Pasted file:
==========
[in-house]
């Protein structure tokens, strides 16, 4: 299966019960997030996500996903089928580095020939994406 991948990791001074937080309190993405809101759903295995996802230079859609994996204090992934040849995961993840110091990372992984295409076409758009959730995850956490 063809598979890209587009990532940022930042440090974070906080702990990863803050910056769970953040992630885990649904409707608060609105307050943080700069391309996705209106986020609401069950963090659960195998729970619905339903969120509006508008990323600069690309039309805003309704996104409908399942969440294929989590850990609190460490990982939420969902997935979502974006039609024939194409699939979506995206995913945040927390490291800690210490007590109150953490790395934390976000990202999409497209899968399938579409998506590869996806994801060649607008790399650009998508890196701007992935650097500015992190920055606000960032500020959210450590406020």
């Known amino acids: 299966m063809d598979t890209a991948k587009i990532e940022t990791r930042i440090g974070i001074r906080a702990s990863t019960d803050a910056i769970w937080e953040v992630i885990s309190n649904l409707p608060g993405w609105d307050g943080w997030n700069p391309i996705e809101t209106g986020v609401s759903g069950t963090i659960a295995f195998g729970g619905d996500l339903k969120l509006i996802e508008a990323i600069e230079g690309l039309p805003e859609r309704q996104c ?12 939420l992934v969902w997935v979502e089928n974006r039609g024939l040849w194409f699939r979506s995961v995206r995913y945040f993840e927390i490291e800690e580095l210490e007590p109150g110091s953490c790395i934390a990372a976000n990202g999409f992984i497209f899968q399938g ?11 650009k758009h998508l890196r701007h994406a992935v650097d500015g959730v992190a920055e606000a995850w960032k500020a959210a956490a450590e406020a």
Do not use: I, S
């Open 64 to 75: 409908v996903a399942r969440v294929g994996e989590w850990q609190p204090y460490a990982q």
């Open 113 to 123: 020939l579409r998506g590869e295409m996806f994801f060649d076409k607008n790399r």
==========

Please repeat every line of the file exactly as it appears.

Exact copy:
[in-house]
């Protein structure tokens, strides 16, 4: 299966019960997030996500996903089928580095020939994406 991948990791001074937080309190993405809101759903295995996802230079859609994996204090992934040849995961993840110091990372992984295409076409758009959730995850956490 063809598979890209587009990532940022930042440090974070906080702990990863803050910056769970953040992630885990649904409707608060609105307050943080700069391309996705209106986020609401069950963090659960195998729970619905339903969120509006508008990323600069690309039309805003309704996104409908399942969440294929989590850990609190460490990982939420969902997935979502974006039609024939194409699939979506995206995913945040927390490291800690210490007590109150953490790395934390976000990202999409497209899968399938579409998506590869996806994801060649607008790399650009998508890196701007992935650097500015992190920055606000960032500020959210450590406020």
């Known amino acids: 299966m063809d598979t890209a991948k587009i990532e940022t990791r930042i440090g974070i001074r906080a702990s990863t019960d803050a910056i769970w937080e953040v992630i885990s309190n649904l409707p608060g993405w609105d307050g943080w997030n700069p391309i996705e809101t209106g986020v609401s759903g069950t963090i659960a295995f195998g729970g619905d996500l339903k969120l509006i996802e508008a990323i600069e230079g690309l039309p805003e859609r309704q996104c ?12 939420l992934v969902w997935v979502e089928n974006r039609g024939l040849w194409f699939r979506s995961v995206r995913y945040f993840e927390i490291e800690e580095l210490e007590p109150g110091s953490c790395i934390a990372a976000n990202g999409f992984i497209f899968q399938g ?11 650009k758009h998508l890196r701007h994406a992935v650097d500015g959730v992190a920055e606000a995850w960032k500020a959210a956490a450590e406020a």
Do not use: I, S
């Open 64 to 75: 409908v996903a399942r969440v294929g994996e989590w850990q609190p204090y460490a990982q």
């Open 113 to 123: 020939l579409r998506g590869e295409m996806f994801f060649d076409k607008n790399r």